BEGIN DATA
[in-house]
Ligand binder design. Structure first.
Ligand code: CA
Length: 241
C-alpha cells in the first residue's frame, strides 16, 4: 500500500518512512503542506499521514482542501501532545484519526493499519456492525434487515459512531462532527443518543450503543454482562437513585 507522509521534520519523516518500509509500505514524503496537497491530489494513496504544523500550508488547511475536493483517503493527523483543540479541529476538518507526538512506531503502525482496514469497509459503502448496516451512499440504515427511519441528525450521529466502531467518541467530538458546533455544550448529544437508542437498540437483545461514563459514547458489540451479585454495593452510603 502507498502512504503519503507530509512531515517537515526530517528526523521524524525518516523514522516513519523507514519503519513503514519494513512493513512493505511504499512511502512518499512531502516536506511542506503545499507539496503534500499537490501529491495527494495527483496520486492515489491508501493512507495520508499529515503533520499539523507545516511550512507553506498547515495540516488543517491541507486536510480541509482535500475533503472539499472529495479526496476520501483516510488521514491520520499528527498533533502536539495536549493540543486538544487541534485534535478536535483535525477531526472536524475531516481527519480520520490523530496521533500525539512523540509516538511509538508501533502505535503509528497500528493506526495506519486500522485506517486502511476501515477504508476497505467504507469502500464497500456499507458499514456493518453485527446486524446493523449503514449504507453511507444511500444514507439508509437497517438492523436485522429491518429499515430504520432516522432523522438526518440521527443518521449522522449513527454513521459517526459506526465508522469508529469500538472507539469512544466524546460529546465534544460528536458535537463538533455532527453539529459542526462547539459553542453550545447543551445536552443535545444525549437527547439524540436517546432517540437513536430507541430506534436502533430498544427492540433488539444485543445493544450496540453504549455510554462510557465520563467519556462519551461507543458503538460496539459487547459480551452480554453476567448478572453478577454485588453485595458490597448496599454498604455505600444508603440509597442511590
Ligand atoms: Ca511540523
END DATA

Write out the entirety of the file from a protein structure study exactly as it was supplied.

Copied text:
[in-house]
Ligand binder design. Structure first.
Ligand code: CA
Length: 241
C-alpha cells in the first residue's frame, strides 16, 4: 500500500518512512503542506499521514482542501501532545484519526493499519456492525434487515459512531462532527443518543450503543454482562437513585 507522509521534520519523516518500509509500505514524503496537497491530489494513496504544523500550508488547511475536493483517503493527523483543540479541529476538518507526538512506531503502525482496514469497509459503502448496516451512499440504515427511519441528525450521529466502531467518541467530538458546533455544550448529544437508542437498540437483545461514563459514547458489540451479585454495593452510603 502507498502512504503519503507530509512531515517537515526530517528526523521524524525518516523514522516513519523507514519503519513503514519494513512493513512493505511504499512511502512518499512531502516536506511542506503545499507539496503534500499537490501529491495527494495527483496520486492515489491508501493512507495520508499529515503533520499539523507545516511550512507553506498547515495540516488543517491541507486536510480541509482535500475533503472539499472529495479526496476520501483516510488521514491520520499528527498533533502536539495536549493540543486538544487541534485534535478536535483535525477531526472536524475531516481527519480520520490523530496521533500525539512523540509516538511509538508501533502505535503509528497500528493506526495506519486500522485506517486502511476501515477504508476497505467504507469502500464497500456499507458499514456493518453485527446486524446493523449503514449504507453511507444511500444514507439508509437497517438492523436485522429491518429499515430504520432516522432523522438526518440521527443518521449522522449513527454513521459517526459506526465508522469508529469500538472507539469512544466524546460529546465534544460528536458535537463538533455532527453539529459542526462547539459553542453550545447543551445536552443535545444525549437527547439524540436517546432517540437513536430507541430506534436502533430498544427492540433488539444485543445493544450496540453504549455510554462510557465520563467519556462519551461507543458503538460496539459487547459480551452480554453476567448478572453478577454485588453485595458490597448496599454498604455505600444508603440509597442511590
Ligand atoms: Ca511540523